During high school and college, a few of my writing teachers suggested I try to publish, but I still couldn’t imagine it. And then during medical school and residency training, I rarely wrote. I was too busy trying to catch up on lost sleep and meals.
After I finished my surgical training, I found myself drawn again to writing and took a couple of writing courses. One of my teachers encouraged me to continue writing about my experiences in medicine, perhaps put together a book. I remember the first time I mentioned this to my father. “Are you nuts?” he said to me. “Every English major in the country wants to write a book! To publish you need more than perfect English — you need the best English. How could you possibly think that you could write a book that might be published? That might matter to people?”
It was a devastating conversation. But in a funny way, it was also inspiring. I now had something to prove.
These days, my father is my biggest fan. He eats up every review of my writing; and if there’s a hint of criticism, he’ll first fret -- they are like daggers to his heart – then will rail against the critic. My father calls me up in advance to remind me not to be late to my own events, and my hardcover publicist even gave my father the ultimate Stage Dad compliment – that his work on behalf of Final Exam was so good he could consider himself an official Knopf publicist. My father reminds me of that one often.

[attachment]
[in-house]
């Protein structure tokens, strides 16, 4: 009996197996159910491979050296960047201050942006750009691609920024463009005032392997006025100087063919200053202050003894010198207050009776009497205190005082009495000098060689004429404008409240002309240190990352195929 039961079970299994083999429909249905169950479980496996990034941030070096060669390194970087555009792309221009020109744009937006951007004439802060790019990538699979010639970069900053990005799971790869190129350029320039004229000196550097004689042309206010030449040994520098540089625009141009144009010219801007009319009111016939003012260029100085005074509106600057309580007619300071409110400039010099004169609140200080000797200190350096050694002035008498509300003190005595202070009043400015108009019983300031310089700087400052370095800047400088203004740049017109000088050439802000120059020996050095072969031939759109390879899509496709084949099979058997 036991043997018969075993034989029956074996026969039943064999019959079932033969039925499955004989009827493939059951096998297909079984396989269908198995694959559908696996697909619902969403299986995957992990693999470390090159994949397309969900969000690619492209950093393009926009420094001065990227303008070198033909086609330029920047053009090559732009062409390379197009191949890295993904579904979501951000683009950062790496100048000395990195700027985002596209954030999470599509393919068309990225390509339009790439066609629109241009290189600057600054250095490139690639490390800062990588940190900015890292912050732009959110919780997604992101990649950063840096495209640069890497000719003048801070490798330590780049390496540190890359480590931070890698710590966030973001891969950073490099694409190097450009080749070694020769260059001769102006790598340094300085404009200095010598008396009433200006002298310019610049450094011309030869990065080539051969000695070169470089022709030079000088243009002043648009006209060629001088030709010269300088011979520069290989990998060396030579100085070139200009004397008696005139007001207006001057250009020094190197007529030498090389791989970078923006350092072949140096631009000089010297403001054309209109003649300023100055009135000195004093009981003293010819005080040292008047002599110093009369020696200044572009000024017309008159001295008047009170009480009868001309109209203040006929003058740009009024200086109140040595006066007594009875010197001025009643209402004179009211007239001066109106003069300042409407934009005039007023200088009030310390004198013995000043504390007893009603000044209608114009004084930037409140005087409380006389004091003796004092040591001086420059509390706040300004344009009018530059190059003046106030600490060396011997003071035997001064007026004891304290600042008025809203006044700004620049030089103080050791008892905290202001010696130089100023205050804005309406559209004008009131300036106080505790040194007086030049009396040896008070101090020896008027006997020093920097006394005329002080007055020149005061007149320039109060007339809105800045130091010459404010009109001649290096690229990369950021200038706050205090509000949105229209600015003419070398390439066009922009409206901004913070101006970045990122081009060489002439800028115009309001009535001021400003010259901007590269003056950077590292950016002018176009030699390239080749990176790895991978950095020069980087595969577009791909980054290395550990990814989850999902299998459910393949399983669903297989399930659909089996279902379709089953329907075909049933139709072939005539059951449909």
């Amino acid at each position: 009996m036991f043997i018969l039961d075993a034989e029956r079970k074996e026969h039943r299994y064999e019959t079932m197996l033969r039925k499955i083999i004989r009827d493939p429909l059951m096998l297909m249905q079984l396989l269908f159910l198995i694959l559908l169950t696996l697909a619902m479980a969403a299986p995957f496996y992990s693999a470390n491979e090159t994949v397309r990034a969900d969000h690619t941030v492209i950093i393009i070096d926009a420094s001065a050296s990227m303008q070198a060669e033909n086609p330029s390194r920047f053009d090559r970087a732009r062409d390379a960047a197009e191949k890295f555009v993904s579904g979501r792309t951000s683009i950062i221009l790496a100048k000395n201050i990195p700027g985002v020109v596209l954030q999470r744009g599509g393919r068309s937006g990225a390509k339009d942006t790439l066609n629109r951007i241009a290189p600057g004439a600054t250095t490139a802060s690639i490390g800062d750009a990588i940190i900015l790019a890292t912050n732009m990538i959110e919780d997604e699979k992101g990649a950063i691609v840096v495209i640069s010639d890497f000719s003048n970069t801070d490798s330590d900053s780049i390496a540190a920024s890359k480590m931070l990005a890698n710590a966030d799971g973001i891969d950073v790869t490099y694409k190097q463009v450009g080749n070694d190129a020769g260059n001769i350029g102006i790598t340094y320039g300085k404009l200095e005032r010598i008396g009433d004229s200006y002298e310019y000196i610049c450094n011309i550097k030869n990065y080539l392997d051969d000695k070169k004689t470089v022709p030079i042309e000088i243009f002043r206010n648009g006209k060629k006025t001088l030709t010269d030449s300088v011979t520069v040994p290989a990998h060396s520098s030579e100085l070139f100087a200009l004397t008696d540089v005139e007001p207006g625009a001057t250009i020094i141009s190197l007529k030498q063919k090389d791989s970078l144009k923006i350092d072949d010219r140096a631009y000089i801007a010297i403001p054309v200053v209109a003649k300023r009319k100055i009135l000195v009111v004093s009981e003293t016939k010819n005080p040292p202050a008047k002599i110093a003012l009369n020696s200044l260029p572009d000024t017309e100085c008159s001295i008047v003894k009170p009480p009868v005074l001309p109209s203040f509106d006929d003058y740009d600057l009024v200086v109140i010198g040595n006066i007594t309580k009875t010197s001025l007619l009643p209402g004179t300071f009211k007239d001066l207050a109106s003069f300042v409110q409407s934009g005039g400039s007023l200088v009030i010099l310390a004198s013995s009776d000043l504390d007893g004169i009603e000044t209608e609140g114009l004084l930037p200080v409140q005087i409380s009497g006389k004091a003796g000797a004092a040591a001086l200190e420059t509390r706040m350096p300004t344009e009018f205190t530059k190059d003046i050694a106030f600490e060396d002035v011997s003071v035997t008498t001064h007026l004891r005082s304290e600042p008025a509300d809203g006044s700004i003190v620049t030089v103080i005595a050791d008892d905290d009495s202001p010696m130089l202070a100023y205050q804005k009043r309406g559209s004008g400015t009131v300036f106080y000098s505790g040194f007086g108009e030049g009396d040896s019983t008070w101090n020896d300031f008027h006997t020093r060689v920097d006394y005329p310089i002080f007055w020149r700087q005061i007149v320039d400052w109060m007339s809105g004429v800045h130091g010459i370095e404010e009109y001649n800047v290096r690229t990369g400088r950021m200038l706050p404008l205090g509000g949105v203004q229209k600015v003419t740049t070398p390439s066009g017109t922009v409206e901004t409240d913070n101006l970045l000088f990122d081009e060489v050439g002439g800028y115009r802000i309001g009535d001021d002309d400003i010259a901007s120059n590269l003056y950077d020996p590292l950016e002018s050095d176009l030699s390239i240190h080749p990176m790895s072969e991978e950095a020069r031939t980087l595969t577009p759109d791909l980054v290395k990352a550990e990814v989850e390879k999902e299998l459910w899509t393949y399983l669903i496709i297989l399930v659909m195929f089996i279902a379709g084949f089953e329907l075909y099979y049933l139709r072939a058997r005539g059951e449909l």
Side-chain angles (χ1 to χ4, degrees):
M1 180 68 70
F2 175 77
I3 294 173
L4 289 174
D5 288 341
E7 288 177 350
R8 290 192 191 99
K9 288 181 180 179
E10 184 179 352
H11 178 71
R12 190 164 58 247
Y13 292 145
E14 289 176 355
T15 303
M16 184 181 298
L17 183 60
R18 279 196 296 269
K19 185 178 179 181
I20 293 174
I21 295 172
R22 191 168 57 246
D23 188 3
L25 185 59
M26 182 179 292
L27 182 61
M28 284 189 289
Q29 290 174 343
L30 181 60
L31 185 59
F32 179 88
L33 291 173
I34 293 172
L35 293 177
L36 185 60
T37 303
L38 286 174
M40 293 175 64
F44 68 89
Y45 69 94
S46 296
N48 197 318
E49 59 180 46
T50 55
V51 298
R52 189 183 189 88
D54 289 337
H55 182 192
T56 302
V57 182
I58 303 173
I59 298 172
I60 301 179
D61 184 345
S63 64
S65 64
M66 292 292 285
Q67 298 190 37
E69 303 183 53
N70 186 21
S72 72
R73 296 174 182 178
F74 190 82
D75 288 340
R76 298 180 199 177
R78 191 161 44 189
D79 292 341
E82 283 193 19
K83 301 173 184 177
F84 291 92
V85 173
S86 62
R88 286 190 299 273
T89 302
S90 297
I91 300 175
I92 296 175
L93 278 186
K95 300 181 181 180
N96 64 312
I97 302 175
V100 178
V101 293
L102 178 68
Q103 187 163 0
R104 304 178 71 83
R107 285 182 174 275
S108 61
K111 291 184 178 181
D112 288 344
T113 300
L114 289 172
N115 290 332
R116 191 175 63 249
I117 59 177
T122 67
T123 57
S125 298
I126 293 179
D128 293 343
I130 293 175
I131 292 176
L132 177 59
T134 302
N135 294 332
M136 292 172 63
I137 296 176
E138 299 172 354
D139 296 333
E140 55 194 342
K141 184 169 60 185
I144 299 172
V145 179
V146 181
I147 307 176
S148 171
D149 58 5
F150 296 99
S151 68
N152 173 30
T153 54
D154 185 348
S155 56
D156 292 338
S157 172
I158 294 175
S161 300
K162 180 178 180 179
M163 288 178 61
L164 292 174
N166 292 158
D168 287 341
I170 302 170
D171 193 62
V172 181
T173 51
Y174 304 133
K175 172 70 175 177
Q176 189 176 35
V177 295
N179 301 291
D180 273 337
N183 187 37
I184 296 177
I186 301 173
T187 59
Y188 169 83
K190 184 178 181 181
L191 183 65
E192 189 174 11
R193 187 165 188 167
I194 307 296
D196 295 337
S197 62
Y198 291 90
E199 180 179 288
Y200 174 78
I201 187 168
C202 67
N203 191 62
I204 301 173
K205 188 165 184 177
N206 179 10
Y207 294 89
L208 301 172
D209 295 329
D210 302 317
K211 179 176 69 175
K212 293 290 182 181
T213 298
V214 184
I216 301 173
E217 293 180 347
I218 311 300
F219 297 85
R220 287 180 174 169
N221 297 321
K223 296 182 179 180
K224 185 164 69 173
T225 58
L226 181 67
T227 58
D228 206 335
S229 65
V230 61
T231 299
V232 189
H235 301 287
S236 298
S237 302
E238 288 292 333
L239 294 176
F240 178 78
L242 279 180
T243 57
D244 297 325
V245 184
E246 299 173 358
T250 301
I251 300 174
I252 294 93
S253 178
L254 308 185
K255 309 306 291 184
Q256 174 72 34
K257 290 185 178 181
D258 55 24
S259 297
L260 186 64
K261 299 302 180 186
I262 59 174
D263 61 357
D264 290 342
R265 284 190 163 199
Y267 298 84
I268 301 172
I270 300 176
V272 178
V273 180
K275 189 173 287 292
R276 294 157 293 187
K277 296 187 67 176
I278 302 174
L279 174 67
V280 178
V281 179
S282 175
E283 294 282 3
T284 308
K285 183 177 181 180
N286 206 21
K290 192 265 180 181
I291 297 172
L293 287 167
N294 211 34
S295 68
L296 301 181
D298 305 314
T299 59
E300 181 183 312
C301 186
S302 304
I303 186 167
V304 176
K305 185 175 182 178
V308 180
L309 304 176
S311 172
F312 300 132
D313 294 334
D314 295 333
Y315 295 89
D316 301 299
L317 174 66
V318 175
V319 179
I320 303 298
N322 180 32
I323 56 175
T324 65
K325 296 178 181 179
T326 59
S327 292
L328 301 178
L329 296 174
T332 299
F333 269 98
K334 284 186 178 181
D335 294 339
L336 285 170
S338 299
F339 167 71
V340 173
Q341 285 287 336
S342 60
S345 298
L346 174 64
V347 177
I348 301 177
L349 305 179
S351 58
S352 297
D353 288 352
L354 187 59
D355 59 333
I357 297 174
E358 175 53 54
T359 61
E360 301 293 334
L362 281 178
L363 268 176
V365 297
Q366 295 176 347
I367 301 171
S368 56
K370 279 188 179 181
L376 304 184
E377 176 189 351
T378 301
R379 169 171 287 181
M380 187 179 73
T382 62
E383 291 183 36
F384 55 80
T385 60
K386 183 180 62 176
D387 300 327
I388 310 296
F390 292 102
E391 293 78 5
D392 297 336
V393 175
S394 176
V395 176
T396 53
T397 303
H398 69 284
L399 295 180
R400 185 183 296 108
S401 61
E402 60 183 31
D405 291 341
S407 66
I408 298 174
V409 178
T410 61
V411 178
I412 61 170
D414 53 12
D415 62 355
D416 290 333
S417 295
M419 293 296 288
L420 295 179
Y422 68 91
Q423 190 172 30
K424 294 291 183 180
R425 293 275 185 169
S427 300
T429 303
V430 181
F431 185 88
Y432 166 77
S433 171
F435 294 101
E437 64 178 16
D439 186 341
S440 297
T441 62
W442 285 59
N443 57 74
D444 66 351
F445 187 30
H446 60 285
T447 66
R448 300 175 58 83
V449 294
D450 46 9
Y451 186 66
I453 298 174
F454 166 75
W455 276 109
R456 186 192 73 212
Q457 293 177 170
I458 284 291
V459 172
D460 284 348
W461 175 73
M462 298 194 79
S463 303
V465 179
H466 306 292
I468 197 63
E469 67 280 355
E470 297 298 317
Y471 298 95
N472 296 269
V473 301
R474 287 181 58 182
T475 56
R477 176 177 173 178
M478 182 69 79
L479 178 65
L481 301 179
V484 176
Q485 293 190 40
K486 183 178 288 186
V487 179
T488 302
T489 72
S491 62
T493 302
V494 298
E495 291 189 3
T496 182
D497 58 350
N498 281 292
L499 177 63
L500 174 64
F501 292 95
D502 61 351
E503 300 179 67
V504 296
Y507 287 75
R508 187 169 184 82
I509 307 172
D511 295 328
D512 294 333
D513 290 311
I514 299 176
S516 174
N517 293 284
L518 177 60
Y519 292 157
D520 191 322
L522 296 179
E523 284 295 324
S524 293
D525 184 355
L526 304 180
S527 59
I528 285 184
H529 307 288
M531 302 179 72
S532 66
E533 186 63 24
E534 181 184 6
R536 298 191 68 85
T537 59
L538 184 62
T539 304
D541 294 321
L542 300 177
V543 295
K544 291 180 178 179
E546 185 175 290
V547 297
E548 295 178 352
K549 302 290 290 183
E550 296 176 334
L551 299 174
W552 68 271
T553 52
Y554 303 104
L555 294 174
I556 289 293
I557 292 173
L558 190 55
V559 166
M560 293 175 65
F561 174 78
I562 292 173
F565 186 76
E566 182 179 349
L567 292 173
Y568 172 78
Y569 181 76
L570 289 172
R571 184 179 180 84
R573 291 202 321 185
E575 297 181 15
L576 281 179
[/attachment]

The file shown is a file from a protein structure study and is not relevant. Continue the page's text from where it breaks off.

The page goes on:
AM: Being a surgeon, you must have a dimension to your personality that's fairly analytical. I saw you at a workshop last year given by Michael Lowenthal and, even though your book was already published, you were listening as attentively as the rest. Have you taken many writing classes? What’s your approach to craft?
PC: I tend to believe that people who start their professional lives doing things other than writing – doctoring, parenting, teaching, you name it -- actually have an advantage when it comes to becoming writers. They have the benefit of experience and the confidence that comes with having already successfully become whatever those other jobs required them to be. They can apply those experiences – learning to become a doctor, parent, teacher, etc -- to the process of becoming a writer. In terms of writing, I still feel like I have so much to learn about the craft. But the approach I use is pretty much the same one I used as an undergraduate interested in academic research and as a resident interested in surgery.
As an undergraduate, I was lucky enough to have a mentor who was devoted to the intellectual development of his students. Early on, he told me that before I began any paper or project, I needed to read everything I could get my hands on for that particular topic. “Reading up on the literature” would not only give me a solid grounding but would also help me to push the field forward in some way and create new work. That advice is invaluable for writing. I think that writers have a responsibility to know what has come before them and to push their genre forward.